Dog the Bounty Hunter just got a sweet, sweet offer — $430,000 to fly to Dubai and make a speech, and if that sounds too good to be true … that’s only because it’s really a total ripoff.
Here’s the thing, though, the six-figure check is very real … and Dog could cash it, but then he’d really be screwed. His manager, Alan Nevins at Renaissance Talent, tells us the dough was delivered Wednesday morning to his office by FedEx, and it immediately set off all sorts of alarms.
We’re told this all started last month when Alan got an email, seemingly from Sheikh Mansour bin Zayed Al Nahyan — the real Deputy Prime Minister of United Arab Emirates — offering to pay Dog a handsome fee to speak at an economic empowerment convention for small business owners on August 31.
We’re told they negotiated a fee, and sent a contract that looked very professional … and then things got sketchy. First off, all communication was by email — the foundation claimed that was due to the 11-hour time difference between L.A. to UAE.
Then there’s the website for the alleged event — mansourfoundation.org — which looks very real, and even allows you to make donations. However, only by snail mail or email … NO credit cards.
The biggest red flag came when organizers in “Dubai” told Alan they’d had trouble wiring funds to the bank where he has his business account, so they asked for his personal account at a different bank.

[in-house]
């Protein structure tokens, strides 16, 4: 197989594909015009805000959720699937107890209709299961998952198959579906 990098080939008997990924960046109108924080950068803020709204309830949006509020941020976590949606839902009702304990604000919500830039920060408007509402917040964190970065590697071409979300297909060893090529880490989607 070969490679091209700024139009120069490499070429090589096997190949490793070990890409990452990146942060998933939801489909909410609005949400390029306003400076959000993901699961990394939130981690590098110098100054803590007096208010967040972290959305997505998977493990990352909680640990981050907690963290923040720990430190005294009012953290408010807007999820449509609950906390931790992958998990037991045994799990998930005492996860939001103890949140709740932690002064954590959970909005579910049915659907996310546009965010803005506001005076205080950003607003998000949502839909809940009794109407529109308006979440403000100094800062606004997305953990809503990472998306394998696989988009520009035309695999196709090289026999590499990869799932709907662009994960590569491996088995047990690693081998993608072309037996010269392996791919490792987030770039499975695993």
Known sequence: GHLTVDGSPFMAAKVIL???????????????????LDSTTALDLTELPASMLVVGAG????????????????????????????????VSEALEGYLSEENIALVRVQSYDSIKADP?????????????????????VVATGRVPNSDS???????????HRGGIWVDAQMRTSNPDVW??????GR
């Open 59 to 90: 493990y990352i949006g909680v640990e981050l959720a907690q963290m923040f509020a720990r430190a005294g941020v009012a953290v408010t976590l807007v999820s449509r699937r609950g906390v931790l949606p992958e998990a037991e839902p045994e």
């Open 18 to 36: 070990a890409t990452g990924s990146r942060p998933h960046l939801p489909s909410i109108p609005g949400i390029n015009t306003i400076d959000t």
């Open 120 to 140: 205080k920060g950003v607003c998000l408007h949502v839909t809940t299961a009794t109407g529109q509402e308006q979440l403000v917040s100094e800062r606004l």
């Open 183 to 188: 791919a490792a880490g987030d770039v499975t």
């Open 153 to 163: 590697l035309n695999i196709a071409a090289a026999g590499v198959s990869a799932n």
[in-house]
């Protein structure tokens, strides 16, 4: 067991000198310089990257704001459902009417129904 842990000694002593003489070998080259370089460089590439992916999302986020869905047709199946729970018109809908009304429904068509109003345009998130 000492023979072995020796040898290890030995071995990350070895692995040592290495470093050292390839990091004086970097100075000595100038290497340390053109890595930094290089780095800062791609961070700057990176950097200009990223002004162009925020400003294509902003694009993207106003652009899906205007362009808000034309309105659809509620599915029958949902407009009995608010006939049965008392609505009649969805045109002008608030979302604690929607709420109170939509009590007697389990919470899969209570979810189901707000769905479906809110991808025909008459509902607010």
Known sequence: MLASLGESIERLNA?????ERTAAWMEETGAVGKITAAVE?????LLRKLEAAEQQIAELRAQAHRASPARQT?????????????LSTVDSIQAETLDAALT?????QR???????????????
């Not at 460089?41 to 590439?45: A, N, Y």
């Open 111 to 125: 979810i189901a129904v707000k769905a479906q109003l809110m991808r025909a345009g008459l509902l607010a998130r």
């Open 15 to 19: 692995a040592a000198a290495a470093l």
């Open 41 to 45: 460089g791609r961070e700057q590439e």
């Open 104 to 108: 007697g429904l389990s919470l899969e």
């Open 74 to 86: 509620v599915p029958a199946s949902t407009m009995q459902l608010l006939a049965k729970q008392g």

Dog and Alan knew something was fishy at that point, and decided to walk away — but lo and behold the live check arrived … and for much more than the agreed upon fee. The catch was organizers asked Dog to donate $250k of the funds back to the organization.
Alan says he did some research, calling the Portland bank that issued the check and the Portland construction company — Benson Industries — that allegedly wrote it. Both are real! Alan says the bank confirmed it’s an active account, but wouldn’t say for whom. Benson told him they had no knowledge of any such check being cut.
Federal and local law enforcement sources tell us this scam is like the new Nigerian Prince letter … except with much higher dollar amounts to target rich celebs. We’re told, a rash of celebs have been hit lately. if Dog had deposited the check, the funds would vanish from his account a few days later. So, if he’d sent back the $250k, it would’ve come out of his own pocket.
We’re told it’s next to impossible to track down these scammers — so, Dog dodged a big bullet.